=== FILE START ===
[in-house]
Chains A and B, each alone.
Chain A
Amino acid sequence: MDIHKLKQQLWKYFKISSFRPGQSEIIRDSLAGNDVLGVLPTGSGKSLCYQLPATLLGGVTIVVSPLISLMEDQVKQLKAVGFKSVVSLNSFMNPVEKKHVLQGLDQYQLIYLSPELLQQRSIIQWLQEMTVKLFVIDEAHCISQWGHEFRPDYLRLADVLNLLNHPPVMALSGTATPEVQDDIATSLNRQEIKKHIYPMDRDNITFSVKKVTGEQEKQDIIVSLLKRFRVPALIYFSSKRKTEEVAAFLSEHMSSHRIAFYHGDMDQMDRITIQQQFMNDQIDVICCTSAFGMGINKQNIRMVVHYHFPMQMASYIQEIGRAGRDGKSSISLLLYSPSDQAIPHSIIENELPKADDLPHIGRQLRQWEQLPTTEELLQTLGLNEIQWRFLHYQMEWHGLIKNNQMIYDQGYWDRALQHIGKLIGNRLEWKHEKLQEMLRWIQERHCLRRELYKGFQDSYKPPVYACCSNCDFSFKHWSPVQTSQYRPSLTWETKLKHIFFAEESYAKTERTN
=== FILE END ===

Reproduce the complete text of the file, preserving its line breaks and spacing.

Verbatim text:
[in-house]
Chains A and B, each alone.
Chain A
Amino acid sequence: MDIHKLKQQLWKYFKISSFRPGQSEIIRDSLAGNDVLGVLPTGSGKSLCYQLPATLLGGVTIVVSPLISLMEDQVKQLKAVGFKSVVSLNSFMNPVEKKHVLQGLDQYQLIYLSPELLQQRSIIQWLQEMTVKLFVIDEAHCISQWGHEFRPDYLRLADVLNLLNHPPVMALSGTATPEVQDDIATSLNRQEIKKHIYPMDRDNITFSVKKVTGEQEKQDIIVSLLKRFRVPALIYFSSKRKTEEVAAFLSEHMSSHRIAFYHGDMDQMDRITIQQQFMNDQIDVICCTSAFGMGINKQNIRMVVHYHFPMQMASYIQEIGRAGRDGKSSISLLLYSPSDQAIPHSIIENELPKADDLPHIGRQLRQWEQLPTTEELLQTLGLNEIQWRFLHYQMEWHGLIKNNQMIYDQGYWDRALQHIGKLIGNRLEWKHEKLQEMLRWIQERHCLRRELYKGFQDSYKPPVYACCSNCDFSFKHWSPVQTSQYRPSLTWETKLKHIFFAEESYAKTERTN